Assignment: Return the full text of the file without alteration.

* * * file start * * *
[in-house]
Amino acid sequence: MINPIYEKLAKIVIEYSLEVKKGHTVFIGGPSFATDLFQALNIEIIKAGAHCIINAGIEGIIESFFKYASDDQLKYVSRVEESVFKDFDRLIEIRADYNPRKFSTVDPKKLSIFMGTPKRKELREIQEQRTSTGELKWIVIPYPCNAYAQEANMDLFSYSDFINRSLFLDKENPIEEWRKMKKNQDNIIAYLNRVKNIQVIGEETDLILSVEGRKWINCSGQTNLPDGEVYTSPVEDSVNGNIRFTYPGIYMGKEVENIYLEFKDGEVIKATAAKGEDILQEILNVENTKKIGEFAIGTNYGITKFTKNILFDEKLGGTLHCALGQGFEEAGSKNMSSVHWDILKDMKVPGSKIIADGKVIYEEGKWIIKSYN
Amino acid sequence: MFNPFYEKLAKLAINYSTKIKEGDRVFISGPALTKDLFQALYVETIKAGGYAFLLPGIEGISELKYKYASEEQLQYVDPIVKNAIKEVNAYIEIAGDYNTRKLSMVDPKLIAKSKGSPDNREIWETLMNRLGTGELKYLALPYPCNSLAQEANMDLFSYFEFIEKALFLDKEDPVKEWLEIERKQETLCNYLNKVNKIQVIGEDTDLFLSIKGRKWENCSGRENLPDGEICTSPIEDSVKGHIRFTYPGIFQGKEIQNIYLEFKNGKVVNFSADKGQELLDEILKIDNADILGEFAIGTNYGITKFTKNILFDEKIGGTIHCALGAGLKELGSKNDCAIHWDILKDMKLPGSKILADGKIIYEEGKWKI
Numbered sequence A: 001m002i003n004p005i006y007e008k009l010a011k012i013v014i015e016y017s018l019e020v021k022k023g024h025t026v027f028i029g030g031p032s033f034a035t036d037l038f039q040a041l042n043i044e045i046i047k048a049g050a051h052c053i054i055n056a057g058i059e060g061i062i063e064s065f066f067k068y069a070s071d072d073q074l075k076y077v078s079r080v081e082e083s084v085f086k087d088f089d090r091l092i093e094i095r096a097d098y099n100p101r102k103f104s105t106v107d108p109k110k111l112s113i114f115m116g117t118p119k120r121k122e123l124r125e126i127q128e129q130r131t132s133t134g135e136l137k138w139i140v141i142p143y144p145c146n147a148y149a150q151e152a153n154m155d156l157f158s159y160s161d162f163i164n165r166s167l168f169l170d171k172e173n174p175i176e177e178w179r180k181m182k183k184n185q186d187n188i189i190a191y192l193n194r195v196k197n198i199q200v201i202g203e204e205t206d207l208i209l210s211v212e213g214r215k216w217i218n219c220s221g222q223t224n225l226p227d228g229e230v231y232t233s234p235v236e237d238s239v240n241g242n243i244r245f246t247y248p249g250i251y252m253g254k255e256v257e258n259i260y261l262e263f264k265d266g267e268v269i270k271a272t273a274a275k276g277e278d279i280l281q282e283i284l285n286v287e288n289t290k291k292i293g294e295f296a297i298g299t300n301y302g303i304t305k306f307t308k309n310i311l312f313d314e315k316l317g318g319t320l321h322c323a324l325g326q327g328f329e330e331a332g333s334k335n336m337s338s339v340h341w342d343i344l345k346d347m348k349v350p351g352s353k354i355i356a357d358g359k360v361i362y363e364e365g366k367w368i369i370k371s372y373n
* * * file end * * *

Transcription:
[in-house]
Amino acid sequence: MINPIYEKLAKIVIEYSLEVKKGHTVFIGGPSFATDLFQALNIEIIKAGAHCIINAGIEGIIESFFKYASDDQLKYVSRVEESVFKDFDRLIEIRADYNPRKFSTVDPKKLSIFMGTPKRKELREIQEQRTSTGELKWIVIPYPCNAYAQEANMDLFSYSDFINRSLFLDKENPIEEWRKMKKNQDNIIAYLNRVKNIQVIGEETDLILSVEGRKWINCSGQTNLPDGEVYTSPVEDSVNGNIRFTYPGIYMGKEVENIYLEFKDGEVIKATAAKGEDILQEILNVENTKKIGEFAIGTNYGITKFTKNILFDEKLGGTLHCALGQGFEEAGSKNMSSVHWDILKDMKVPGSKIIADGKVIYEEGKWIIKSYN
Amino acid sequence: MFNPFYEKLAKLAINYSTKIKEGDRVFISGPALTKDLFQALYVETIKAGGYAFLLPGIEGISELKYKYASEEQLQYVDPIVKNAIKEVNAYIEIAGDYNTRKLSMVDPKLIAKSKGSPDNREIWETLMNRLGTGELKYLALPYPCNSLAQEANMDLFSYFEFIEKALFLDKEDPVKEWLEIERKQETLCNYLNKVNKIQVIGEDTDLFLSIKGRKWENCSGRENLPDGEICTSPIEDSVKGHIRFTYPGIFQGKEIQNIYLEFKNGKVVNFSADKGQELLDEILKIDNADILGEFAIGTNYGITKFTKNILFDEKIGGTIHCALGAGLKELGSKNDCAIHWDILKDMKLPGSKILADGKIIYEEGKWKI
Numbered sequence A: 001m002i003n004p005i006y007e008k009l010a011k012i013v014i015e016y017s018l019e020v021k022k023g024h025t026v027f028i029g030g031p032s033f034a035t036d037l038f039q040a041l042n043i044e045i046i047k048a049g050a051h052c053i054i055n056a057g058i059e060g061i062i063e064s065f066f067k068y069a070s071d072d073q074l075k076y077v078s079r080v081e082e083s084v085f086k087d088f089d090r091l092i093e094i095r096a097d098y099n100p101r102k103f104s105t106v107d108p109k110k111l112s113i114f115m116g117t118p119k120r121k122e123l124r125e126i127q128e129q130r131t132s133t134g135e136l137k138w139i140v141i142p143y144p145c146n147a148y149a150q151e152a153n154m155d156l157f158s159y160s161d162f163i164n165r166s167l168f169l170d171k172e173n174p175i176e177e178w179r180k181m182k183k184n185q186d187n188i189i190a191y192l193n194r195v196k197n198i199q200v201i202g203e204e205t206d207l208i209l210s211v212e213g214r215k216w217i218n219c220s221g222q223t224n225l226p227d228g229e230v231y232t233s234p235v236e237d238s239v240n241g242n243i244r245f246t247y248p249g250i251y252m253g254k255e256v257e258n259i260y261l262e263f264k265d266g267e268v269i270k271a272t273a274a275k276g277e278d279i280l281q282e283i284l285n286v287e288n289t290k291k292i293g294e295f296a297i298g299t300n301y302g303i304t305k306f307t308k309n310i311l312f313d314e315k316l317g318g319t320l321h322c323a324l325g326q327g328f329e330e331a332g333s334k335n336m337s338s339v340h341w342d343i344l345k346d347m348k349v350p351g352s353k354i355i356a357d358g359k360v361i362y363e364e365g366k367w368i369i370k371s372y373n